AVER MAX

9

8 7 6 5 4 3

## FH = 0.642 D 0.677 ( = 7%, = 25%, R = .9371) where FH and D are in [m].

AVER MAX

Mi-26

1 0 0 5 10 15 20

Database configurations
Estimation
25 30 35

7 6 5 4 3 2 1 0

AVER MAX

EH 101

10

15

20

25

30

35

40

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## AHS Forum 58, June 2002

Fuselage-Ground Clearance

## Clearance Fuselage - Ground (m)

0.8 0.7 0.6 0.5 0.4 0.3 0.2 0.1 0 0 10000 20000 30000 40000 50000 60000

Database configurations

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## Empty Weight & Useful Load

0 35000 30000 25000 20000 15000 10000 5000 0 10000 20000 30000 40000 50000 60000

## WE and W0 are in [kg]

7000 6000 5000 4000 3000 2000 1000 0 14000

## WU and W0 are in [kg]

0 2000 4000 6000 8000 10000 12000

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14000

## Weight Estimation (kg)

12000 10000 8000 6000 4000 2000 0 0 2000 4000 6000 8000 10000 12000 14000

W0 = WPL + WF + WC + WE


WU

## .4709 W00.99 +.4854 W01.015

Useful Load Est. + Empty Weight Est. Empty Weight Estimation Useful Load Estimation

W0

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## Empty Weight & Useful Load (continued)

Empty Weight / Gross Weight, %
100 90 80 70 60 50 40 30 20 10 0

## Rotary-wing [current study]

74

80 70 60 50 45 30 42

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## AHS Forum 58, June 2002

Fuel Value
W0 = WPL + WF + WC + WE


WU

Rg

## = Range with standard fuel at sea level

3000 2500 2000 1500 1000 500 0 0 500 1000 1500 2000 2500 3000

## Fuel Value (liters)

( AVER = 11%, MAX = 33%, R = .9942), where WF is fuel value in [liters], W0 is in [kg],
and Rg is range with standard fuel, S / L in [km].

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## AHS Forum 58, June 2002

Speed
1.0565, VNE = .8215 VM ( AVER = 6%, MAX = 20%, R = .9399),
1.0899 , VLR = .5475 V M ( AVER = 6%, MAX = 31%, R = .9408),

where VNE is never exceed speed (S / L) in [km / hr], VLR is long range speed (S / L) in [km / hr],

VM is in [km / hr],
Speed; S/L (km/hr)

## 400 350 300 250 200 150 100 50 0 0

Long Range Speed Database configurations Long Range Speed Estimation Never Exceed Speed Database configurations Never Exceed Speed Estimation

VM

50

100

150

200

250

300

350

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## Take-Off Total Power & Transmission Rating

0 25000 10000 20000 30000 40000 50000 60000 Gross Weight (kg)

## PTO is the take - off total power in [ kW ] and W0 is in [ kg]

12000 10000 8000 6000 4000 2000 0 35000

5000

10000

15000

20000

25000

30000

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## Max Continuous Total Power & Transmission Rating

Max Continuous Total Power Estimation
0 12000 3000 6000 9000 12000

Database Estimation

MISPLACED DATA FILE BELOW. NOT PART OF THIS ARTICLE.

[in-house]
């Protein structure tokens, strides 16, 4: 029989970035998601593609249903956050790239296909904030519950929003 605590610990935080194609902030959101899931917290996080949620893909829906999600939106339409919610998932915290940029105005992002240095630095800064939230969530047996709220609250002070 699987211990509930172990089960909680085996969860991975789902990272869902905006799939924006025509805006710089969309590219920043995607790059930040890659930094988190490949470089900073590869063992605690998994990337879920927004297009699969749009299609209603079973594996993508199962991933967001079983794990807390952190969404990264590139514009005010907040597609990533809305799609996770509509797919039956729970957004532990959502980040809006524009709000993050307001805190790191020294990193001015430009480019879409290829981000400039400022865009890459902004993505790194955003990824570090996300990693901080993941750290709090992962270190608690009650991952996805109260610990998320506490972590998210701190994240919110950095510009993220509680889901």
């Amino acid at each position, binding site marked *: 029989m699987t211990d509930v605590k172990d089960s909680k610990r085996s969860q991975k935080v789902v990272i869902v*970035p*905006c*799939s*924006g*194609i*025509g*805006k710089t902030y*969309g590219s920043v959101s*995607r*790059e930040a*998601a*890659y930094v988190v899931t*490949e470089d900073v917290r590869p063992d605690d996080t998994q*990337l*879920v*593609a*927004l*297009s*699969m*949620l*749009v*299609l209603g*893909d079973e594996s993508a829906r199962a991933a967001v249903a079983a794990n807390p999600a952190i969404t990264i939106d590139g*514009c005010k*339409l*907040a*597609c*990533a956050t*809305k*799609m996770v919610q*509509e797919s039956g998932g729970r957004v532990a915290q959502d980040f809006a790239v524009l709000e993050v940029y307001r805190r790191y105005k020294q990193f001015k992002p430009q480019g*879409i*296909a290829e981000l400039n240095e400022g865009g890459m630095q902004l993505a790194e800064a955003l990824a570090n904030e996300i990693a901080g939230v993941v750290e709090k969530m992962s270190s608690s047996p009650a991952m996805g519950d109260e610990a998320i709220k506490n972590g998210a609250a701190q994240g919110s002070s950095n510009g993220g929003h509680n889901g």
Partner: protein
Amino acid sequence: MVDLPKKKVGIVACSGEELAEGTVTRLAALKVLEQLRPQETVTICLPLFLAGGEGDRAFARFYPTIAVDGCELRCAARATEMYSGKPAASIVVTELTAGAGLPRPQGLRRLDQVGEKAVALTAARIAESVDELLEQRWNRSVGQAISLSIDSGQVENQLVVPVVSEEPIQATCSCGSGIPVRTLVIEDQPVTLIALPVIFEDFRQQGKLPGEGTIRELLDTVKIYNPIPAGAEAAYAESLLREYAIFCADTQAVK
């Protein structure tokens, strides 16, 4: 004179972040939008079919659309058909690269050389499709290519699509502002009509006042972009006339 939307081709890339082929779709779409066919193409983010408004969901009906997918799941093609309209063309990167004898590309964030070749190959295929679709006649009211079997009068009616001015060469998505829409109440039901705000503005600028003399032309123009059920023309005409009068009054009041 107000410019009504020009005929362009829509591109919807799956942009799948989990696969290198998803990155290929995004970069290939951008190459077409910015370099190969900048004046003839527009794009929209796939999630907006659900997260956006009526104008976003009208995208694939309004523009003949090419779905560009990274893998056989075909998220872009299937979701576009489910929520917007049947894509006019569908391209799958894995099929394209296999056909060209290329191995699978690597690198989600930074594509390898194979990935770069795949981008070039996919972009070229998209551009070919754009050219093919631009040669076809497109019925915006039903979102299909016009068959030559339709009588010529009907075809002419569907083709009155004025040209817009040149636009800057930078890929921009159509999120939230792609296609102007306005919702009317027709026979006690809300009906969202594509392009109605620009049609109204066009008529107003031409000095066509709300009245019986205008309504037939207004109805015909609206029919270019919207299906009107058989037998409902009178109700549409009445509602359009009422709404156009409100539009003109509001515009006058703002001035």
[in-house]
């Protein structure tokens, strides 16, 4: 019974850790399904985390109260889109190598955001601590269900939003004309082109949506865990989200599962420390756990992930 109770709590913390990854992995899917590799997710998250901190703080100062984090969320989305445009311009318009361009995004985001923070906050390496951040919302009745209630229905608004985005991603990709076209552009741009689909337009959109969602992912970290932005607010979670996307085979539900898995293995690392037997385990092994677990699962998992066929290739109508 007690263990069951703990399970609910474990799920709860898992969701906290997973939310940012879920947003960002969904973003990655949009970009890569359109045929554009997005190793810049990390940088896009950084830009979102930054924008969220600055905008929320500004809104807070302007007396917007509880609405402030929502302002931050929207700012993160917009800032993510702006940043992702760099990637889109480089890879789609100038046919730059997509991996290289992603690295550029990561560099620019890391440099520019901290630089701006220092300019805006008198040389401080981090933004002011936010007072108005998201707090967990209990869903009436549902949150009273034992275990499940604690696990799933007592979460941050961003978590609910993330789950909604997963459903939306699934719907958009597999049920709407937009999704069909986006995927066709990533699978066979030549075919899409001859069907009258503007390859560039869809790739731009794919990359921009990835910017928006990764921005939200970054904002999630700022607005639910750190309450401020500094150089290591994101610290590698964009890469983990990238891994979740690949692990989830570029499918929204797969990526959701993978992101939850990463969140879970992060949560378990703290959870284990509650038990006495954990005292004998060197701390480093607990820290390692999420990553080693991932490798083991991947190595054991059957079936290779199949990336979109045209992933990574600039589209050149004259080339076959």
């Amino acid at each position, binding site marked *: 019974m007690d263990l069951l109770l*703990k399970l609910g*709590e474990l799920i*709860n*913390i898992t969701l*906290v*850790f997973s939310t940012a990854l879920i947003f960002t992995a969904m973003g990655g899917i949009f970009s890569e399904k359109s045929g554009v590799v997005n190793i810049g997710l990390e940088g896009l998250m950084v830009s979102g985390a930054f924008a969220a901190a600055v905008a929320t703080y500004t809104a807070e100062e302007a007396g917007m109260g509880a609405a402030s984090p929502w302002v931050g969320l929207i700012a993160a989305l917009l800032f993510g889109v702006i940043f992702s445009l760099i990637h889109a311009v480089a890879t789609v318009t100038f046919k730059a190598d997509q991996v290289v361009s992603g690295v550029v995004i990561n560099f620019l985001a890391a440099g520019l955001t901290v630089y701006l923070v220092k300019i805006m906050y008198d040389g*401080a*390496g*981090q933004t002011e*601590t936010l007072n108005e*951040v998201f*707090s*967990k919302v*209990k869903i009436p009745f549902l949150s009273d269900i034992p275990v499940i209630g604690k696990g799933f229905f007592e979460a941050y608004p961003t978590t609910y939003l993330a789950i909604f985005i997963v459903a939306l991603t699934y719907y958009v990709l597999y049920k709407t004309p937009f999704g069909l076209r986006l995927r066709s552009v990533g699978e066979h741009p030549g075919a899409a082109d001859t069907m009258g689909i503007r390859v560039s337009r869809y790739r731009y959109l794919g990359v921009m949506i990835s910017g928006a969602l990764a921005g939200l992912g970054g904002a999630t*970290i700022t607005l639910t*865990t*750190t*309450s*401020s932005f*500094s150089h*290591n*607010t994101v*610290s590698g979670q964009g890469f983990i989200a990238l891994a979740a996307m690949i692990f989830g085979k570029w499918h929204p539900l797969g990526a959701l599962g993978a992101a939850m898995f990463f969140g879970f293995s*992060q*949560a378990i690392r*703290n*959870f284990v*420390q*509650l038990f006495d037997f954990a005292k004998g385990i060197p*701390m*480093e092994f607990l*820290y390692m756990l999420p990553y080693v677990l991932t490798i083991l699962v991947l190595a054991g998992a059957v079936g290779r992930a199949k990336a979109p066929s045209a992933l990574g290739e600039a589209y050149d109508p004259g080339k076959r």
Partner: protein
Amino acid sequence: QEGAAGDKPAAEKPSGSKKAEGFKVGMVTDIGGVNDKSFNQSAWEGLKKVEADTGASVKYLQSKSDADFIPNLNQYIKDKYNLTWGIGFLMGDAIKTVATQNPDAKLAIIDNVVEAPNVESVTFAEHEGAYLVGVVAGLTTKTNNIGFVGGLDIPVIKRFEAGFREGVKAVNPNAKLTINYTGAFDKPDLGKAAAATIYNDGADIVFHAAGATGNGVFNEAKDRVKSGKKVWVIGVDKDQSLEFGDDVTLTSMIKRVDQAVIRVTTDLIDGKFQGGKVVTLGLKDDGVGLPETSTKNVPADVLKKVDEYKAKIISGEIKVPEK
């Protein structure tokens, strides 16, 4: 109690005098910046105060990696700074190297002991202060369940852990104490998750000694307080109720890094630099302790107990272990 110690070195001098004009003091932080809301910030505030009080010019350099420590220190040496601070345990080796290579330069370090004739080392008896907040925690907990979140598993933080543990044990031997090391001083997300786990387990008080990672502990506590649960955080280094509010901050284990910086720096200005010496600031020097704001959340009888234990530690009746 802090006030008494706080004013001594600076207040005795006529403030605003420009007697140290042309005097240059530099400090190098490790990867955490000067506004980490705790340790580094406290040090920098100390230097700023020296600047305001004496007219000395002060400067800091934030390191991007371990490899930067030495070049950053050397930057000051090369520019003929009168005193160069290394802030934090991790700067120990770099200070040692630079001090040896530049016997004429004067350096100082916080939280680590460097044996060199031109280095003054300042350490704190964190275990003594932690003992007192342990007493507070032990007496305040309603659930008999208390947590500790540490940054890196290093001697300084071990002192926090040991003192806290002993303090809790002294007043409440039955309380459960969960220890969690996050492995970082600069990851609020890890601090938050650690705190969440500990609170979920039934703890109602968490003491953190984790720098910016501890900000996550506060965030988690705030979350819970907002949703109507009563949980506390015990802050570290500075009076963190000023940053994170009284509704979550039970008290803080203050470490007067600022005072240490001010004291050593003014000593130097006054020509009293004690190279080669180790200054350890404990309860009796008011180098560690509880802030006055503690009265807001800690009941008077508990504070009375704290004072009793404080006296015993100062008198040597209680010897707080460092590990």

## Max Continuous Total Power (kW)

9000

0.9760 , PMC = .0013 W0 0.9876 V M ( AVER = 10%, MAX = 37%, R = .9889), where PMC is the Max Cont. total power in [kW ], W0 is in [kg], V M is Max speed in [km / hr ]
12000

CH - 53E
6000

EH 101
9000

3000
6000

EH 101

1.3393, TMC = .000141 W0 0.9771 VM ( AVER = 9%, MAX = 20%, R = .9870), where

3000

TMC is the Max Cont. transmission rating in [kW ], W0 is in [kg], VM is in [km / hr]

3000

6000

9000

0 12000

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## AHS Forum 58, June 2002

Power loading = the ratio of the take off gross weight over the maximum engine power. Transmission loading = the ratio of the take off gross weight over the take-off transmission rating.
10 Power/Transmission Loading (kg/kW) 9 8 7 6 5 4 3 2 1 0 0 10000 20000 30000 40000 50000 60000
Mi - 26 MINI-500 BRAVO

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## AHS Forum 58, June 2002

Propeller powered aircrafts

10

8 6 4 2 0

9 6.4

6 4.9

6.3

3.5 1.8

2.6

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## AHS Forum 58, June 2002

Concluding Remarks
A database for conventional helicopter configurations has been established and studied using advanced computerized correlation technique which is based on multiple regression analysis. Design trends were obtained and demonstrated. Currently, such data can not be found in the open literature. The study presented in this paper is expected to give designers a perspective of the existing flying designs and their inter-correlation. This is extremely important in the early preliminary stages where sizing issues are discussed in order to activate the preliminary design process. The collection of design trends presented in this paper contains also valuable information when comparison of performance of various configurations is under discussion. The present study results have been implemented as an autonomous component of RAPID/RaTE package.
Faculty of Aerospace Eng., Technion - I.I.T.